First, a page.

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Medial clavicle fractures are the least common type of clavicular fractures. Although rare, such injuries deserve rapid diagnosis and effective treatment to avoid future complications. An optimal, standardized operative treatment has not been yet established. We report a case of medial clavicle fracture, where primary operative treatment was indicated due to gross dislocation. An open reduction and osteosynthesis with a modified hook plate was performed, leading to an excellent postoperative outcome after a sixteen-month follow-up. The hook plate seems to be a promising approach for the operative treatment of medial clavicle fractures.
The articulation of the clavicle medially with the manubrium of the sternum forms the sternoclavicular joint and represents the only articular link to the axial skeleton, the remainder of the pectoral girdle being suspended by the muscles. Clavicle fractures are common, representing around three per cent of all fractures.1 Fractures to the medial end of the clavicle are uncommon, representing only two to four per cent of all clavicle fractures.2 However, they are typically accompanied by significant multisystem trauma and have a high associated mortality rate.3 According to the direction of clavicle fracture dislocation, two types are described – anterior and posterior dislocation. In anterior dislocation, the fractured clavicle dislocates ventrally; in a posterior dislocation dorsally, in relation to the sternum.4 Posterior dislocation may give rise to serious complications such as compression and tear of the adjacent neural and vascular structures, the trachea and esophagus and the occurrence of pneumothorax.5
Although rare, such injuries deserve rapid diagnosis and effective treatment to avoid any future complication. Conservative or operative treatment protocols2,3 for sternoclavicular fracture have been established in the past. Due to the proximity of important structures they have often been treated conservatively to avoid intraoperative complications. An optimal, standardized operative treatment has not been yet established because of the small number of cases. We describe a technique of using a modified hook plate to fix a displaced medial clavicle fracture as one of the treatment options.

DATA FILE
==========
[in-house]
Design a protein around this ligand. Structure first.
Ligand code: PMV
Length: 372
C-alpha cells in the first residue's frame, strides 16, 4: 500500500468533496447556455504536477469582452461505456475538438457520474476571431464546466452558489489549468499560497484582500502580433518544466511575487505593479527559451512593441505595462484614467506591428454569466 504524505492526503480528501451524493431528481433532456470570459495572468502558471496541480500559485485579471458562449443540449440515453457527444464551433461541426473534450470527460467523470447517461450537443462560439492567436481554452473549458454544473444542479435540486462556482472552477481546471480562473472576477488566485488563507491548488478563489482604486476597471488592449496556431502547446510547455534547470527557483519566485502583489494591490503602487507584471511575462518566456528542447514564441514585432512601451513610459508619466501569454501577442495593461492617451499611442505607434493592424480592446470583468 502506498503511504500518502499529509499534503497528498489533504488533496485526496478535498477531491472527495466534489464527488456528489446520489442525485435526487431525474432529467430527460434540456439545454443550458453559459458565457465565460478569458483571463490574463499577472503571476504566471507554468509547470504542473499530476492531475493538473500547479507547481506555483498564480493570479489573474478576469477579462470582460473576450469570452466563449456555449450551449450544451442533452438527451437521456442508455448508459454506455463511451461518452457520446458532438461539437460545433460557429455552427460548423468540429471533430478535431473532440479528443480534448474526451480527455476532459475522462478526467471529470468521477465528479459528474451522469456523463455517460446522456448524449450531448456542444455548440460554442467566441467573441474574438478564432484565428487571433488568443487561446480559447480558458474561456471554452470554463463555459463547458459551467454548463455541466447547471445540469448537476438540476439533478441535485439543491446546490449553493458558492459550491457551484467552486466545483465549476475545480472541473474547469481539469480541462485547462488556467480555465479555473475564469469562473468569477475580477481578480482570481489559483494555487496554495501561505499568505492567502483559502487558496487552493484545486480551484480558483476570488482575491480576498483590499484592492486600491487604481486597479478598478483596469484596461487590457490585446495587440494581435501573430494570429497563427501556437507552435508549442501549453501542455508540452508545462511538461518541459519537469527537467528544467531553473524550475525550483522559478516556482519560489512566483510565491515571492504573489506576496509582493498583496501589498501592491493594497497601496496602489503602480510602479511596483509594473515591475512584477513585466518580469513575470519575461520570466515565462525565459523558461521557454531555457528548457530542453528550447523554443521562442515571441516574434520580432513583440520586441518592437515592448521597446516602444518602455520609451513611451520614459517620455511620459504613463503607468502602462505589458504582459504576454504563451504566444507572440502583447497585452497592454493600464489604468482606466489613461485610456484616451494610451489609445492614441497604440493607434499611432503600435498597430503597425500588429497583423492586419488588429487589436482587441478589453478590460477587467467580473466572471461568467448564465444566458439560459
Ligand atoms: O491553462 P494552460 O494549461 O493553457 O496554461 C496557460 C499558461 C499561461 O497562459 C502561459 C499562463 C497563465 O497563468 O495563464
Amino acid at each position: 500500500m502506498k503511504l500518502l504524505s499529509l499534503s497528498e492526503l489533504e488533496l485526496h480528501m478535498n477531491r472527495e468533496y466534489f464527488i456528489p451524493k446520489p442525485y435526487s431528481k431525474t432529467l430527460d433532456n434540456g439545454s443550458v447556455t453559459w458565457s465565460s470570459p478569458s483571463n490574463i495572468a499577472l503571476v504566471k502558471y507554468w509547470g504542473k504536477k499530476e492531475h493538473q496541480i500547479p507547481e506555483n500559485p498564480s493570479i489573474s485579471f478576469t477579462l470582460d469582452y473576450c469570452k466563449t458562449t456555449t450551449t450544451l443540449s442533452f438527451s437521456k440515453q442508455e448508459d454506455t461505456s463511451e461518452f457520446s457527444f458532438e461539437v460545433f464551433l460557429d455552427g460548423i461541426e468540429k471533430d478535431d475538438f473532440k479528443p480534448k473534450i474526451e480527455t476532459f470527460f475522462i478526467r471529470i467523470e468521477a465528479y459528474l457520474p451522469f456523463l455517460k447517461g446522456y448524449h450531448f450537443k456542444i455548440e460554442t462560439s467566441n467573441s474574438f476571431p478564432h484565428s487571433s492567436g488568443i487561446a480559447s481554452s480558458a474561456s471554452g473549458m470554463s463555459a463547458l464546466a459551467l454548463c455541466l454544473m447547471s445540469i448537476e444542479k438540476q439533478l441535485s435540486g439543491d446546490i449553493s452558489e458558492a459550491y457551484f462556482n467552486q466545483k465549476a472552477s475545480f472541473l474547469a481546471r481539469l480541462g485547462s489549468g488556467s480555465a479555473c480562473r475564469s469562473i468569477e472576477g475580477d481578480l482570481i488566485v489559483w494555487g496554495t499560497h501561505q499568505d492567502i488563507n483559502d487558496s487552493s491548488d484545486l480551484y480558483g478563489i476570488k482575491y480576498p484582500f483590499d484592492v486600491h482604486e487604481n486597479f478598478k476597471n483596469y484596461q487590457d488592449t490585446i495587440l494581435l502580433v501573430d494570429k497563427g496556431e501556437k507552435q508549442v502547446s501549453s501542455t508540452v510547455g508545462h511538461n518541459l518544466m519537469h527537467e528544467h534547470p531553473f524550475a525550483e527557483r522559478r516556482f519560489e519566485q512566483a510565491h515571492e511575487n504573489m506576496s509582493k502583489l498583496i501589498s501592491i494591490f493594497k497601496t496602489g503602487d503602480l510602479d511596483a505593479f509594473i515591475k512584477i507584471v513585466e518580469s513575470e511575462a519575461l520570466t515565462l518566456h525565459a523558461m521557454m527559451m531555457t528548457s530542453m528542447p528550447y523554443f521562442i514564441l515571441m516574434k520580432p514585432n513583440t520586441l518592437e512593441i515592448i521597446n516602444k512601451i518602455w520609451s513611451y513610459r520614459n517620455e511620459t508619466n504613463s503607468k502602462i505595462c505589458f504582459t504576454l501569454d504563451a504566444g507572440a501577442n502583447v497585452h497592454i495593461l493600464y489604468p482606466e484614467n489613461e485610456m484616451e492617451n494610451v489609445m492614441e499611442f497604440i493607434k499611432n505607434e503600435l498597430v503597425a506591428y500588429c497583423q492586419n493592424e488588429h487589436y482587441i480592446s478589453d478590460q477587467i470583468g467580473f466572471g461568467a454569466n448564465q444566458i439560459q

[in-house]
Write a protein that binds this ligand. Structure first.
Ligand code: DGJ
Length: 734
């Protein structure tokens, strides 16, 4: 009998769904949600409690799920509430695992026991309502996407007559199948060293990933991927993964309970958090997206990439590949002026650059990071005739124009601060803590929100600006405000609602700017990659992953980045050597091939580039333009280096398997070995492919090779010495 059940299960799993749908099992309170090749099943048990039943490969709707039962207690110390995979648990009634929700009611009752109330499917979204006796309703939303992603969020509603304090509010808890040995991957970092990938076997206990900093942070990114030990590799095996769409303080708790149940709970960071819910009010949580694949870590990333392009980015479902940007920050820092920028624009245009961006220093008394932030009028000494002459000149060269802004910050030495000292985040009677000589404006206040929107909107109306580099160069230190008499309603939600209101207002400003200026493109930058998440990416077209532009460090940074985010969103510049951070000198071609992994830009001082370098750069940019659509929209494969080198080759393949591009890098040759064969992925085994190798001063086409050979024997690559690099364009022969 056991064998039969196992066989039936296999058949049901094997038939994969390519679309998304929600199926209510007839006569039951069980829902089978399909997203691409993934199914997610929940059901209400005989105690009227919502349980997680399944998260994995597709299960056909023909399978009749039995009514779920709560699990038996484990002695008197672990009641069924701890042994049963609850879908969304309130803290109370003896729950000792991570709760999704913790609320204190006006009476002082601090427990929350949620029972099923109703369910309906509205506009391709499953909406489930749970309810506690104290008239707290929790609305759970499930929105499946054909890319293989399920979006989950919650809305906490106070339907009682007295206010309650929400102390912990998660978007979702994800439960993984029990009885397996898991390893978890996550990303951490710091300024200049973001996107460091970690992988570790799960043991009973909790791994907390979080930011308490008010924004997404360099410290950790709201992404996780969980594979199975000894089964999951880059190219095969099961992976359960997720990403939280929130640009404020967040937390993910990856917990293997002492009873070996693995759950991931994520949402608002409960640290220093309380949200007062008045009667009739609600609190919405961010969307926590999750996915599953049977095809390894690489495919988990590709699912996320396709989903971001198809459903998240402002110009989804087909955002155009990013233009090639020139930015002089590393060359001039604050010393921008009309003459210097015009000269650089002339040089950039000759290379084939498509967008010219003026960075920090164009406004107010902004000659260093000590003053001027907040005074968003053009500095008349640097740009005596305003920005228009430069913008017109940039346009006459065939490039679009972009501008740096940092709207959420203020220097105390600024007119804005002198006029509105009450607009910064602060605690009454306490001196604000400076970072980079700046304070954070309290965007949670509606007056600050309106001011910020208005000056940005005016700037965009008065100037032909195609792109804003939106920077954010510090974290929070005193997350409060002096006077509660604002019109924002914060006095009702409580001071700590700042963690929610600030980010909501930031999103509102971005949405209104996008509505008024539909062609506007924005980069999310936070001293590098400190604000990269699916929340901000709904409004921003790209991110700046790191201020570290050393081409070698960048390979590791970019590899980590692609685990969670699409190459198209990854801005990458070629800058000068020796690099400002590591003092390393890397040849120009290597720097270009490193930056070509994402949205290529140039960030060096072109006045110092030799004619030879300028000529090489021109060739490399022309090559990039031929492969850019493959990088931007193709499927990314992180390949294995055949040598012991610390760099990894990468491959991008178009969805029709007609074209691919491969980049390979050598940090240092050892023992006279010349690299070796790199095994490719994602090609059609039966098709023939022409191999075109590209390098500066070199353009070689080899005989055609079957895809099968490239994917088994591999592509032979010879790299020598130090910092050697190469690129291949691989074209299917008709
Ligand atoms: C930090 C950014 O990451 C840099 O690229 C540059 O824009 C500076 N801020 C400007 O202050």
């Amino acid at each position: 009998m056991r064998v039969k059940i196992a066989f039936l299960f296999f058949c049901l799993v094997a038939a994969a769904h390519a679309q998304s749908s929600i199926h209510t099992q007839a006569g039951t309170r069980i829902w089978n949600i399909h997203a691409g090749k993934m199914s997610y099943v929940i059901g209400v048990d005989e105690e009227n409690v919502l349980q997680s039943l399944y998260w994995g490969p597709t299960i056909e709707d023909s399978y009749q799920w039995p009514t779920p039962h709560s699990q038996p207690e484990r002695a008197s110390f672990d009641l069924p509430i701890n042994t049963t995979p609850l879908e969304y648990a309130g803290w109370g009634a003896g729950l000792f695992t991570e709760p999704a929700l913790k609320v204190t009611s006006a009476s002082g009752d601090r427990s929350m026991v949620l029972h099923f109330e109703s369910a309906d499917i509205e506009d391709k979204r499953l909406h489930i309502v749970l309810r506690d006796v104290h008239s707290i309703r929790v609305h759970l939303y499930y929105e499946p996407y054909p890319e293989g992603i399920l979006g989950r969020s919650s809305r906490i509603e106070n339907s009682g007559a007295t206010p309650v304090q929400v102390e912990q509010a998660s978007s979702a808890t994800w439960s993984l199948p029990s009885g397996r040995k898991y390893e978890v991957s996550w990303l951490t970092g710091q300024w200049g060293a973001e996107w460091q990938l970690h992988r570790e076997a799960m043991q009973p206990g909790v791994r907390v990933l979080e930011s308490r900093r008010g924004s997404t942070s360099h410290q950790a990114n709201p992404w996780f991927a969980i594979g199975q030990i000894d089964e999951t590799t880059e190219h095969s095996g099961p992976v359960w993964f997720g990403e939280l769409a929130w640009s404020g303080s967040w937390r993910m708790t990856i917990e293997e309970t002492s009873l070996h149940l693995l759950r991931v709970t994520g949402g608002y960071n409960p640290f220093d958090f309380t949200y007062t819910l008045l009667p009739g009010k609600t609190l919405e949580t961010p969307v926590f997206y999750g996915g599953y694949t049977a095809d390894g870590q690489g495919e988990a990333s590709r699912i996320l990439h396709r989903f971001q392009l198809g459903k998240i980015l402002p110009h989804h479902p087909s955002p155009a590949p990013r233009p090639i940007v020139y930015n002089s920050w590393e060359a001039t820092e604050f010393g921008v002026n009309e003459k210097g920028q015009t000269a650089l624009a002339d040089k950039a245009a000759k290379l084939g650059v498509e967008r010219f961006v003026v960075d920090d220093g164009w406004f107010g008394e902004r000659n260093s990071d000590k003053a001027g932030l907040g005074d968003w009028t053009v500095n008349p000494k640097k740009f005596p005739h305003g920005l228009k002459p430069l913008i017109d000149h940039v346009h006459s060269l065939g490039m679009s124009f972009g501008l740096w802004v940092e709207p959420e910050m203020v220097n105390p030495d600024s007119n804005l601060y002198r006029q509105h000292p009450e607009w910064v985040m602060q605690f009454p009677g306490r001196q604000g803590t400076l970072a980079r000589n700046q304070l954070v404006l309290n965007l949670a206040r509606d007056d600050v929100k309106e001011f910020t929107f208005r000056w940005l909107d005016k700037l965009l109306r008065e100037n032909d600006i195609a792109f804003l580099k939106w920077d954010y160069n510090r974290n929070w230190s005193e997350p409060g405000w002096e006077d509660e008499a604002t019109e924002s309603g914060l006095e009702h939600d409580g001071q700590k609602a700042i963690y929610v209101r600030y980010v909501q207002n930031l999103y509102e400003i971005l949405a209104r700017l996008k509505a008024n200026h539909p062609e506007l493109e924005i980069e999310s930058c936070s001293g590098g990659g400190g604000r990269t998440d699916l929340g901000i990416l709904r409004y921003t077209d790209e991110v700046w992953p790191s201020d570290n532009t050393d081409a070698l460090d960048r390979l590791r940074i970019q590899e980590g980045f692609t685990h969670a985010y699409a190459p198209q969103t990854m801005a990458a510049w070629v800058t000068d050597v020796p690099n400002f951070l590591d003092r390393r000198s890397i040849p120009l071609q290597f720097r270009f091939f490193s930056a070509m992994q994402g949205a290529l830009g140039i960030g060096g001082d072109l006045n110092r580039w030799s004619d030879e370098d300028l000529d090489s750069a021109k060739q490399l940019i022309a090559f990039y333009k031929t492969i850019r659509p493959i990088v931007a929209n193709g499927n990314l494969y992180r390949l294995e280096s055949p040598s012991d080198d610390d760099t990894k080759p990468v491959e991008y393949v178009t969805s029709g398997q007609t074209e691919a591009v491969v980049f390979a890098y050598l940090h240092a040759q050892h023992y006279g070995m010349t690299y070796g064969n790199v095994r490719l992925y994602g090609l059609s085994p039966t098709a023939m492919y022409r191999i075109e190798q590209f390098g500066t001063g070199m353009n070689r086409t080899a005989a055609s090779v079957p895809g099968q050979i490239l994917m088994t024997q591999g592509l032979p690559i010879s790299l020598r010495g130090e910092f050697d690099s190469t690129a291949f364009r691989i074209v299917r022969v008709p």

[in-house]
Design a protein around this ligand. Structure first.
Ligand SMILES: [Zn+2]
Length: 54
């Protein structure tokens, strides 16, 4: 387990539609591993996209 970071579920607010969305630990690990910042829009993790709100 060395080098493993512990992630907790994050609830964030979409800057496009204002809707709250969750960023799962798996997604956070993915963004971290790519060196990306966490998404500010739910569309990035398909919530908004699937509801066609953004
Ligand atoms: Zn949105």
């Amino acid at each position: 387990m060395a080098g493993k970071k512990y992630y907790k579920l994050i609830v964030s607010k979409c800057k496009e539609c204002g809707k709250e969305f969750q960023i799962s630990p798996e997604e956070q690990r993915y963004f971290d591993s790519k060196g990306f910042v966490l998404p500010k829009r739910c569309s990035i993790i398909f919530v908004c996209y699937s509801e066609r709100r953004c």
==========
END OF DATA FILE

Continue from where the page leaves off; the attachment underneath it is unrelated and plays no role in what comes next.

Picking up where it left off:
We report the case of a 21-year-old female patient who was involved in a road traffic accident. She complained about a feeling of pressure at the inlet of the thorax and a local pressure pain projecting towards the sternoclavicular joint on the left side. Clinical examination indicated a malalignment of the left sternoclavicular joint when compared to the contralateral side with tenderness to pressure and percussion. There was no open injury, dysphagia, dyspnea or numbness of the left upper extremity and the blood pressure was normal. Radiological examination indicated a dislocation of the sternoclavicular joint. Axial CT at the clavicular level demonstrated a medial and posterior displacement of the medial end of the left clavicle and revealed a medial fracture of the clavicle [Figure [Figure1a1a and andb];b]; plain X-ray films did not pinpoint to the fracture.
Due to gross dislocation of the fracture, no attempt of closed reduction was made. Under general anesthesia, the patient, positioned in decubitus position with the dorsum inclined at around 30°, a transverse incision was made above the joint. After accessing the joint, subperiosteal dissection was performed while protecting the deep vascular structures. The fracture was exposed, repositioned and temporarily fixed. After modification of the hook plate [Figure 2a] to suit the anatomical landmarks the suitable hole was made in the sternum with a drill. After positioning of the hook the plate was fixed with screws in the clavicle [Figure 2b]. Postoperatively, the left upper extremity was immobilized in a Gilchrist sling for two weeks.6 Subsequently, the patient began early functional exercises. The postoperative computed tomographic (CT) assessment revealed a perfect reduction of the medial clavicle and the sternoclavicular joint [Figure [Figure2c2c and anddd].